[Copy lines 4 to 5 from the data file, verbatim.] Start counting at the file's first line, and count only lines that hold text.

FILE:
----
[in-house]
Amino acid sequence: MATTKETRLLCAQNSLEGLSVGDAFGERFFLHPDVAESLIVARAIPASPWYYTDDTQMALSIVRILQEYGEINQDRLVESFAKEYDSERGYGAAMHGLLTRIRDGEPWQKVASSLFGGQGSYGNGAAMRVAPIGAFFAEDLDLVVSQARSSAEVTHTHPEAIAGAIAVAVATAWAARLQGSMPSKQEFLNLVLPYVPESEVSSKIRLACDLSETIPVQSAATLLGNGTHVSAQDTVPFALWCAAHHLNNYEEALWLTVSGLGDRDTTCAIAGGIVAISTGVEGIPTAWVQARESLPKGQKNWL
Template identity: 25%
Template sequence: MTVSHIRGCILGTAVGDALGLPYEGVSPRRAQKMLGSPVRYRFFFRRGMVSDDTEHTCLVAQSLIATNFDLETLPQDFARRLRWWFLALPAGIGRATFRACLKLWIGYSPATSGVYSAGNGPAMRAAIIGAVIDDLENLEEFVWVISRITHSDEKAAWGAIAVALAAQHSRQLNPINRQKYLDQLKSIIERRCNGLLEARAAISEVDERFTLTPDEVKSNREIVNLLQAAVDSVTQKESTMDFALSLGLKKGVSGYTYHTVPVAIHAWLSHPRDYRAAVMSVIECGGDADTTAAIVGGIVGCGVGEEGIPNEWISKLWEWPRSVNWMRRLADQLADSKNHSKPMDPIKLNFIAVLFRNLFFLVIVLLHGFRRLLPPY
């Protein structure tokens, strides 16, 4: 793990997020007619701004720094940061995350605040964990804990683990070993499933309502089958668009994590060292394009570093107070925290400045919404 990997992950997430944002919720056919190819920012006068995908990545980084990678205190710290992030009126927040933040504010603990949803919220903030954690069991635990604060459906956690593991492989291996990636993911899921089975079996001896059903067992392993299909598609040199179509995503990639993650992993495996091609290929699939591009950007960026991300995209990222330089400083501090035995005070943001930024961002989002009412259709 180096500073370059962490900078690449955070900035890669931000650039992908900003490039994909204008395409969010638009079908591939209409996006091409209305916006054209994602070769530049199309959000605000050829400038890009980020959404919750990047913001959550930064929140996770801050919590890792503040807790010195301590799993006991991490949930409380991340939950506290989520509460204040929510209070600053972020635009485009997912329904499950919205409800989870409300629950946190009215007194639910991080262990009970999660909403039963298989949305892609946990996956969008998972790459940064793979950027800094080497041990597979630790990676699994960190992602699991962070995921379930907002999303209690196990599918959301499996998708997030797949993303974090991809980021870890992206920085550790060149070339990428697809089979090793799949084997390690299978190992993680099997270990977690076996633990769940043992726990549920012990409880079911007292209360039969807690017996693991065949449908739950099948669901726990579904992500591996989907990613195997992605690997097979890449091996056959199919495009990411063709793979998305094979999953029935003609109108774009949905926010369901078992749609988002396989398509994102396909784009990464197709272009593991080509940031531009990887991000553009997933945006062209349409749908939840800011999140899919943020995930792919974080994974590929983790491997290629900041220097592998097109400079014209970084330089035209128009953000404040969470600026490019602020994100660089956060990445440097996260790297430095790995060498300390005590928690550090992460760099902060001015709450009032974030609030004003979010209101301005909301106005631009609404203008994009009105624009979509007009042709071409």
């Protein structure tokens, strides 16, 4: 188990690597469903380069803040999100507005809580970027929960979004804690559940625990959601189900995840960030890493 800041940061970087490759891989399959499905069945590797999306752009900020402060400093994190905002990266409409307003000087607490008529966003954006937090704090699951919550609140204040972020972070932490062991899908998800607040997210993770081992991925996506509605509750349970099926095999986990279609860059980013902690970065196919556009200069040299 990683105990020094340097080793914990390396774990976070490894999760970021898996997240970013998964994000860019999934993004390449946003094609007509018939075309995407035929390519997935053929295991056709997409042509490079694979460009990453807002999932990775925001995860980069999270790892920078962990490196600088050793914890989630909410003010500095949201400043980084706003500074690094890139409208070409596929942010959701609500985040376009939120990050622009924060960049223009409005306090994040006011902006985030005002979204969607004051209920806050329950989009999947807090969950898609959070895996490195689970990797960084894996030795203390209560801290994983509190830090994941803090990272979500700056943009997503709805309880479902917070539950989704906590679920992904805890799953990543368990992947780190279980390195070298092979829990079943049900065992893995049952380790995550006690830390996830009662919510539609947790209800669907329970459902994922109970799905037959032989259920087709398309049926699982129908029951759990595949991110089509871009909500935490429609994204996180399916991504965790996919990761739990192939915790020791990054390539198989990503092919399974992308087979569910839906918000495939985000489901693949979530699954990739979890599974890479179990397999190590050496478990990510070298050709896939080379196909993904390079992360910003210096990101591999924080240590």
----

Template sequence: MTVSHIRGCILGTAVGDALGLPYEGVSPRRAQKMLGSPVRYRFFFRRGMVSDDTEHTCLVAQSLIATNFDLETLPQDFARRLRWWFLALPAGIGRATFRACLKLWIGYSPATSGVYSAGNGPAMRAAIIGAVIDDLENLEEFVWVISRITHSDEKAAWGAIAVALAAQHSRQLNPINRQKYLDQLKSIIERRCNGLLEARAAISEVDERFTLTPDEVKSNREIVNLLQAAVDSVTQKESTMDFALSLGLKKGVSGYTYHTVPVAIHAWLSHPRDYRAAVMSVIECGGDADTTAAIVGGIVGCGVGEEGIPNEWISKLWEWPRSVNWMRRLADQLADSKNHSKPMDPIKLNFIAVLFRNLFFLVIVLLHGFRRLLPPY
């Protein structure tokens, strides 16, 4: 793990997020007619701004720094940061995350605040964990804990683990070993499933309502089958668009994590060292394009570093107070925290400045919404 990997992950997430944002919720056919190819920012006068995908990545980084990678205190710290992030009126927040933040504010603990949803919220903030954690069991635990604060459906956690593991492989291996990636993911899921089975079996001896059903067992392993299909598609040199179509995503990639993650992993495996091609290929699939591009950007960026991300995209990222330089400083501090035995005070943001930024961002989002009412259709 180096500073370059962490900078690449955070900035890669931000650039992908900003490039994909204008395409969010638009079908591939209409996006091409209305916006054209994602070769530049199309959000605000050829400038890009980020959404919750990047913001959550930064929140996770801050919590890792503040807790010195301590799993006991991490949930409380991340939950506290989520509460204040929510209070600053972020635009485009997912329904499950919205409800989870409300629950946190009215007194639910991080262990009970999660909403039963298989949305892609946990996956969008998972790459940064793979950027800094080497041990597979630790990676699994960190992602699991962070995921379930907002999303209690196990599918959301499996998708997030797949993303974090991809980021870890992206920085550790060149070339990428697809089979090793799949084997390690299978190992993680099997270990977690076996633990769940043992726990549920012990409880079911007292209360039969807690017996693991065949449908739950099948669901726990579904992500591996989907990613195997992605690997097979890449091996056959199919495009990411063709793979998305094979999953029935003609109108774009949905926010369901078992749609988002396989398509994102396909784009990464197709272009593991080509940031531009990887991000553009997933945006062209349409749908939840800011999140899919943020995930792919974080994974590929983790491997290629900041220097592998097109400079014209970084330089035209128009953000404040969470600026490019602020994100660089956060990445440097996260790297430095790995060498300390005590928690550090992460760099902060001015709450009032974030609030004003979010209101301005909301106005631009609404203008994009009105624009979509007009042709071409």